Optics Jedi Master
Duquesne University 2008 Gun-Control Symposium
by Alan Korwin, Author
Gun Laws of America
(Links to University promo and news coverage at end)
The National Symposium on Handgun Violence was held at Duquesne University in Pittsburgh, on April 9, 2008. Ten of the leading gun-control advocates in the nation were scheduled for a coordinated review of “reasonable” limits on the right to keep and bear arms, led by Jim Brady himself, along with David Hemenway of Harvard and a host of others. News of the event and its surprise ending (covered at the end of this report) has not made national headlines.
A courageous decision was made to provide “balance,” which meant the organizers eventually found me (thanks to a referral from Alan Gura, Dick Heller’s attorney in the D.C. gun-ban case). They got me last-minute non-stop tickets from Phoenix, a room (a very nice room I might add), and 15 minutes at the podium. Ten against one. Hah. I had them outnumbered.
I’ve been studying persuasion skills for a long while now, and here was an acid test. Was it possible to address an audience like this and not get booed off stage? Could I manage civil discourse with the participants at the luncheon beforehand, maintain composure through the staging, and end up sociable at the afterglow dinner at a fine restaurant?
It’s my belief that the words exist in the universe to convince anyone of anything true, regardless of their predispositions. The trick is in finding those words, in the moment, and delivering them in a way that works, with the proper aplomb. You may not always find the words, but the words are always there. Think of it this way. What would Jesus say. The words are there. Could I find enough of them?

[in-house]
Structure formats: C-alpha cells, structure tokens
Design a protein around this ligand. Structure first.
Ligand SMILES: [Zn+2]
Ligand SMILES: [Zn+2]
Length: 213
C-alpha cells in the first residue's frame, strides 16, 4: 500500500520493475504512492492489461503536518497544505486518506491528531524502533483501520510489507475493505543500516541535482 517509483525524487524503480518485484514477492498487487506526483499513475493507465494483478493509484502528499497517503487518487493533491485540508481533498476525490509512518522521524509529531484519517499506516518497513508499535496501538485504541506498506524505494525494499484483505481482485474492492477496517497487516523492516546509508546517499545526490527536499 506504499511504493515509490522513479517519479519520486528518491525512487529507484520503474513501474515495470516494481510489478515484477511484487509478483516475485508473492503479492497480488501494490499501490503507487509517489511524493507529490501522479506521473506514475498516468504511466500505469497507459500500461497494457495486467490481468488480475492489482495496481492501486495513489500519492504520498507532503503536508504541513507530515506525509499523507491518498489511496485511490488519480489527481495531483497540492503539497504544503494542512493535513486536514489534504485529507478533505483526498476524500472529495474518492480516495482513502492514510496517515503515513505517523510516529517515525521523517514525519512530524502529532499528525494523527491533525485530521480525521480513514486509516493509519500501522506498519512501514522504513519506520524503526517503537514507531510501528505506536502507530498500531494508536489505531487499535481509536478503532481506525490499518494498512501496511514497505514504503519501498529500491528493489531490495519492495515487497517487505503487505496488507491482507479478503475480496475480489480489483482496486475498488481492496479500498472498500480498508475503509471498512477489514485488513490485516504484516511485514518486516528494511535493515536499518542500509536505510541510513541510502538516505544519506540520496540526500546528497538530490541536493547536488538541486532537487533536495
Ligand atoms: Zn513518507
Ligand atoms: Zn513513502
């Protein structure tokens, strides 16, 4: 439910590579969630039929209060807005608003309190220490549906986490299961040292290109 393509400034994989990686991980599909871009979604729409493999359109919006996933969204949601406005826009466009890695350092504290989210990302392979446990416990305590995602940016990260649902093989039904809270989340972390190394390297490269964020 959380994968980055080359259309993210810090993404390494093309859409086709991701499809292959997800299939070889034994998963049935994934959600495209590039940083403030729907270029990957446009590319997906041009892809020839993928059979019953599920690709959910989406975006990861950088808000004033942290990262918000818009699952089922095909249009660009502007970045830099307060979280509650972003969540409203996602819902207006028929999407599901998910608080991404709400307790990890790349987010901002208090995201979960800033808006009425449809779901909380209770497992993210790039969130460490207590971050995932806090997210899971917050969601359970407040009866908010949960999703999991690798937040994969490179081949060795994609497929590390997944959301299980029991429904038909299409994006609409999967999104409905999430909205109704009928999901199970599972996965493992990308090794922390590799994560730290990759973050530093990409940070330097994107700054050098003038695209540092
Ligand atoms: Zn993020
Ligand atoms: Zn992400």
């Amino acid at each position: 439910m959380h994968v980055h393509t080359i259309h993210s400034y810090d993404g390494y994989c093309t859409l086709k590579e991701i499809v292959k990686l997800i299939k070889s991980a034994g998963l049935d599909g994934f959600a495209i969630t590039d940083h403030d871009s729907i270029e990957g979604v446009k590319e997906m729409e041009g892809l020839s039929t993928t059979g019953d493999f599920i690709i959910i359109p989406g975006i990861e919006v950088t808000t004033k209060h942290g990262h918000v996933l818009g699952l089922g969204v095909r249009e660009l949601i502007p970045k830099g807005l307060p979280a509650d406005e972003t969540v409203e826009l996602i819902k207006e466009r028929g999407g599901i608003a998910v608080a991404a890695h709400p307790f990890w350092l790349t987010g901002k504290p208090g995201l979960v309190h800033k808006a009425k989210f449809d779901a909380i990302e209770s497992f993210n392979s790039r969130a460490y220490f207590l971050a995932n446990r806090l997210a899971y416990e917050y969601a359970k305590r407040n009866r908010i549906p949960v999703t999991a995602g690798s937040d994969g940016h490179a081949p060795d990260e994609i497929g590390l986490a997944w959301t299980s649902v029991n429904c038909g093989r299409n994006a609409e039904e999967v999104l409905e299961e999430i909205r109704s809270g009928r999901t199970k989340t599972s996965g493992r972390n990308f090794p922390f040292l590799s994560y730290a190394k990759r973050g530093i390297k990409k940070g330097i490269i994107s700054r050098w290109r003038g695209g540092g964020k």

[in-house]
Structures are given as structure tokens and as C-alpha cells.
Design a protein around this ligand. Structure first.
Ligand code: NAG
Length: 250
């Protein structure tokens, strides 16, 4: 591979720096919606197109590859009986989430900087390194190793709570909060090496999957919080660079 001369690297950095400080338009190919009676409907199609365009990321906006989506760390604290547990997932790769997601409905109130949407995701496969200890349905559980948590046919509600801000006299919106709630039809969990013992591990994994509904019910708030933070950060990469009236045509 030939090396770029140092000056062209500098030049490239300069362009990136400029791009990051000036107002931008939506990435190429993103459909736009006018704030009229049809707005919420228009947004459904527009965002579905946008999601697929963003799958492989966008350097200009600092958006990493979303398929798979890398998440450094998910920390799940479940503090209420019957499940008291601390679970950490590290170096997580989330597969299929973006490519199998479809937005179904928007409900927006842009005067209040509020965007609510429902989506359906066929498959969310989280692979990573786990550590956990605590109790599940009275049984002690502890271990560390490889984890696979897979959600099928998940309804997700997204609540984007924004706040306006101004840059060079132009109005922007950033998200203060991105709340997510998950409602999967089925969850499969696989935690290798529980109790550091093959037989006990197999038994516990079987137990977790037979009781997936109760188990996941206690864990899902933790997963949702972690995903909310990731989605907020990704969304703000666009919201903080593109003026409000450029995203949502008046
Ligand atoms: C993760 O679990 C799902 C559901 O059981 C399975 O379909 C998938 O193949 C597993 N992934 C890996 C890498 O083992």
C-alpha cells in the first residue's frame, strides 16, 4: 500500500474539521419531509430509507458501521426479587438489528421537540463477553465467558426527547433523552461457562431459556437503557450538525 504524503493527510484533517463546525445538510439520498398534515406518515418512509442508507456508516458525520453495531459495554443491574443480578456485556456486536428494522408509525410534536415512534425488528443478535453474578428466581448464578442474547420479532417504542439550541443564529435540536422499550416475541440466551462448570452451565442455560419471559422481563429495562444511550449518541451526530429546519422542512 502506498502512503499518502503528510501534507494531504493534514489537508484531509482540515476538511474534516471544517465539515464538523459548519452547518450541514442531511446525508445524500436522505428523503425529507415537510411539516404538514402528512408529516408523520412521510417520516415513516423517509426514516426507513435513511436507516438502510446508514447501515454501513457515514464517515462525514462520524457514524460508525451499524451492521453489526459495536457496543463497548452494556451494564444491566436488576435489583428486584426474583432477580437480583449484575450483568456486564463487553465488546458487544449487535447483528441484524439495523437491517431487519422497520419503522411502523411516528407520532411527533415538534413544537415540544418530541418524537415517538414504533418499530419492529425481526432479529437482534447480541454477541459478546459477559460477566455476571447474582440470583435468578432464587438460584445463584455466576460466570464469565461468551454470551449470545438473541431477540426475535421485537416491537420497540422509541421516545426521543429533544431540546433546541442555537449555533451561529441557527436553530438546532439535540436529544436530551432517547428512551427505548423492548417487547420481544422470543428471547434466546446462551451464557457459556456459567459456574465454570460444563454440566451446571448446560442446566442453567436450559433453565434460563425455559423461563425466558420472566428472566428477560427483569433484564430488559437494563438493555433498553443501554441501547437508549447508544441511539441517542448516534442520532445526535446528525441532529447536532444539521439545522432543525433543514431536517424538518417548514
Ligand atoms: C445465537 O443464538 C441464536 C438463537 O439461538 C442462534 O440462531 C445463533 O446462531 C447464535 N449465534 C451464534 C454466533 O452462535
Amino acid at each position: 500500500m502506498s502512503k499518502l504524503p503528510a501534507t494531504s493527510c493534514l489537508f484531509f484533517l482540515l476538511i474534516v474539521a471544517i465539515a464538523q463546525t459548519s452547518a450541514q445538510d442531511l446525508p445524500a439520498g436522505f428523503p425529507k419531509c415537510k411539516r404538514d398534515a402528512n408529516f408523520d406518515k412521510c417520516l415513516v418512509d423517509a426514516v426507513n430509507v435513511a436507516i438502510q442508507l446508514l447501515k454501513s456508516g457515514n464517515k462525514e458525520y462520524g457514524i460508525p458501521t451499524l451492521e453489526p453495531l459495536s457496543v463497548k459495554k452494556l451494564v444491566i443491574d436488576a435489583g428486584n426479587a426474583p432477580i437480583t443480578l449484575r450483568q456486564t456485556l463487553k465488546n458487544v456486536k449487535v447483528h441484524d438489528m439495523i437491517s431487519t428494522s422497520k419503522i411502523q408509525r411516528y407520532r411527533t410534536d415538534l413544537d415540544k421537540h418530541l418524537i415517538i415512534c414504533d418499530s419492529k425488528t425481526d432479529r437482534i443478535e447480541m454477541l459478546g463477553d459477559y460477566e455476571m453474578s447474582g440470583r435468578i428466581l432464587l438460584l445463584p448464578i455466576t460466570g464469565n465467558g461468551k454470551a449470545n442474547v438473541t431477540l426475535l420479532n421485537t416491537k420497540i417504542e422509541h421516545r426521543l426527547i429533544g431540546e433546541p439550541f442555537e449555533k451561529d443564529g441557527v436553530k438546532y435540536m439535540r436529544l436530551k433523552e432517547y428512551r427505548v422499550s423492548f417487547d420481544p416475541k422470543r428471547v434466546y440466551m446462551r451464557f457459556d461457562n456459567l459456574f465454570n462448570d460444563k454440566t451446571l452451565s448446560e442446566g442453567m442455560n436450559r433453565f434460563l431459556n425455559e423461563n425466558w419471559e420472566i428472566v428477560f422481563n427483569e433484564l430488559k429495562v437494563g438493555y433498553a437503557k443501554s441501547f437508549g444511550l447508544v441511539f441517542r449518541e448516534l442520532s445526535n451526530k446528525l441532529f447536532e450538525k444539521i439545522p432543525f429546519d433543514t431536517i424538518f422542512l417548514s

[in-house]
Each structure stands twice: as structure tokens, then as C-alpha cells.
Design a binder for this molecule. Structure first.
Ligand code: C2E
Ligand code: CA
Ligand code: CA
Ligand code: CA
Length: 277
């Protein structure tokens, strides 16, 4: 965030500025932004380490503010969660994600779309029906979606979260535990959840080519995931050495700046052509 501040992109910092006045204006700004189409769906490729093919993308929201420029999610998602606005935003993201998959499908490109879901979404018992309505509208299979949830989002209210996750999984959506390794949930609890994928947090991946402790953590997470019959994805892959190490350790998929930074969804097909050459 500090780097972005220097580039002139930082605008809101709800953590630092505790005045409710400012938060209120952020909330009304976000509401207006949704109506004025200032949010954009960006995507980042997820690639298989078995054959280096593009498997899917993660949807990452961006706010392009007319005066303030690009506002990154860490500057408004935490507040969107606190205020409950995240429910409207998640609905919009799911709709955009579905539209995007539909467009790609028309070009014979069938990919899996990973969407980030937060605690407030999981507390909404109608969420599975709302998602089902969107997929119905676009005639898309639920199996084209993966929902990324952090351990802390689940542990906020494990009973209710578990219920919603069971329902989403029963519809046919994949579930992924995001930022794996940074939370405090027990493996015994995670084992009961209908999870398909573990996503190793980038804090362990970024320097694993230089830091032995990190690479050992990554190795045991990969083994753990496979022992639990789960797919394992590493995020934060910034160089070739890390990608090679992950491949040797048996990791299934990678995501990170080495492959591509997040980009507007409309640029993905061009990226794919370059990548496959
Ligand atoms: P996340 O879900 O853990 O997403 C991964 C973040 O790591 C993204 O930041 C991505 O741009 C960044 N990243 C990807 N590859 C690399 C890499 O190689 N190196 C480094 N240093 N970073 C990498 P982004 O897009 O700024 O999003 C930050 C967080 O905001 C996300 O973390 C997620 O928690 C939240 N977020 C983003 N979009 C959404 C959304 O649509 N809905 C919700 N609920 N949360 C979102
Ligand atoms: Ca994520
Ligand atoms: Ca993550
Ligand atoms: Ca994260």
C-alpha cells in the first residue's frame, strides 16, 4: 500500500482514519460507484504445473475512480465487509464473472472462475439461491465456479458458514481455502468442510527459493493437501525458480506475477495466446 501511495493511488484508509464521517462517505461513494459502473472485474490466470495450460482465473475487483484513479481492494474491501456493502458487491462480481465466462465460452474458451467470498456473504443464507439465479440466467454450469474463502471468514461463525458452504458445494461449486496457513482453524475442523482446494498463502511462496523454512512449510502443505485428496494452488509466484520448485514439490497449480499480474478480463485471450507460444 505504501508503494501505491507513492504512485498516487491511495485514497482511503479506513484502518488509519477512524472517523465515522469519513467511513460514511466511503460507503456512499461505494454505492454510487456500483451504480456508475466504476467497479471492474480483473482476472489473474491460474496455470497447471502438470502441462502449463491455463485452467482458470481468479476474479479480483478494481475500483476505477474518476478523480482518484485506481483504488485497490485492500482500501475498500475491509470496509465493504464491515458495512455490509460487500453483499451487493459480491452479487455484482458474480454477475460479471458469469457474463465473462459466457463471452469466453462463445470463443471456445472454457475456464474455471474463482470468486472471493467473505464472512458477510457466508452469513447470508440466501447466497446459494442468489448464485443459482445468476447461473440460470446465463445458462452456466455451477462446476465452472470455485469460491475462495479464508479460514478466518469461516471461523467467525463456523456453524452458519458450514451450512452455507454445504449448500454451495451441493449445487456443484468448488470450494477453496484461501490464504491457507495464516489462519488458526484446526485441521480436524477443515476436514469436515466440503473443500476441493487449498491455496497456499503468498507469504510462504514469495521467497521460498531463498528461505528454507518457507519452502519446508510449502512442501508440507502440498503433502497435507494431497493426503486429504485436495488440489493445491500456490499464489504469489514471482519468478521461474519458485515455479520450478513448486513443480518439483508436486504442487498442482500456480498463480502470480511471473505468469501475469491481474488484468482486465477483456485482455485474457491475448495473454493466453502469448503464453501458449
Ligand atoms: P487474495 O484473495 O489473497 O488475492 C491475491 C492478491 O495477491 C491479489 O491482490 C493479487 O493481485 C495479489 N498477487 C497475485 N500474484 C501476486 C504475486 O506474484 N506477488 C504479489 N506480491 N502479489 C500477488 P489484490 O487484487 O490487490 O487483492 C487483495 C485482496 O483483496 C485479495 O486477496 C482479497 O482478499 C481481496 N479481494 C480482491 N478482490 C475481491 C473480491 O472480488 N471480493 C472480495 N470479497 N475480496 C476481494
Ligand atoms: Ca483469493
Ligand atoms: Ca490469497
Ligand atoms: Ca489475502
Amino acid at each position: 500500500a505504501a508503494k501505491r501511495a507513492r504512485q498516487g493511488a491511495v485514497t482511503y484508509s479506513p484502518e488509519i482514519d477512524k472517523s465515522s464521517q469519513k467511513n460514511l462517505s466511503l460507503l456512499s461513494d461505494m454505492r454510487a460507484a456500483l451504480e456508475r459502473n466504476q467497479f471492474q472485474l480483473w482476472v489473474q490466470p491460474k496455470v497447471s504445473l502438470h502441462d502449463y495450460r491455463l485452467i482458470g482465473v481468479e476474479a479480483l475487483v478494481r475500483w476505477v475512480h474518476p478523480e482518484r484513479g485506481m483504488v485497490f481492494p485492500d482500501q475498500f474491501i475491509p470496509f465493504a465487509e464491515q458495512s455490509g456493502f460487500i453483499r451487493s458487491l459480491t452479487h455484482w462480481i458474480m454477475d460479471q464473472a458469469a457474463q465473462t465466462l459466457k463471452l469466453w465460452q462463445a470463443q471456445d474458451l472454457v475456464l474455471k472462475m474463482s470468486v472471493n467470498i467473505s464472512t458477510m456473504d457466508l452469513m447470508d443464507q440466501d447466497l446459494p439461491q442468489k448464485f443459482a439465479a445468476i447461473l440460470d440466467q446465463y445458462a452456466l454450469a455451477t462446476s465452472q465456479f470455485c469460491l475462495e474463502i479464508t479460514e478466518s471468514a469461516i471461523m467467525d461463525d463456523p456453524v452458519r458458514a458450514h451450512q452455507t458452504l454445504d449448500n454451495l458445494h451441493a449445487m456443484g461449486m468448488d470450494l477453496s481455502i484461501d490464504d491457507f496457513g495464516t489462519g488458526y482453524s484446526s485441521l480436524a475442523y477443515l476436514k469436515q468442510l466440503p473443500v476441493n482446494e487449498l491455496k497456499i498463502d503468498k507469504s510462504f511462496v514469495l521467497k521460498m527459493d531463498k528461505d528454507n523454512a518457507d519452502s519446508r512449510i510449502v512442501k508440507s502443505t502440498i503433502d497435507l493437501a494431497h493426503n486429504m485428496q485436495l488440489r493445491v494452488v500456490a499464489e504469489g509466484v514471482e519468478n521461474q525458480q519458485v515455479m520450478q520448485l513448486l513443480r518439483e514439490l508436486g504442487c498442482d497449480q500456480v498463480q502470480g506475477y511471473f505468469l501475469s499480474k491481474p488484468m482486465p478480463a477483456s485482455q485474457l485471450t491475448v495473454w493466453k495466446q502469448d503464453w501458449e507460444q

They scheduled me near the end, which was a good thing. I got to hear the keepers of the faith, the bearers of the sacred messages, tell 700 people and a gaggle of camera crews and reporters that -- guns are bad; crime is caused by guns; every gun-control scheme you’ve ever heard of is good; gun confiscations will solve the crime problem; we the people are too dangerous, irrational, unpredictable and incompetent to be allowed to bear arms; and that people on government payrolls (they didn’t frame it that way but it’s what they were saying) should have all these deadly dangerous malevolent guns. I’m putting this all more bluntly than they did, or than I ever would when wearing my hat of tasteful persuasive moderation.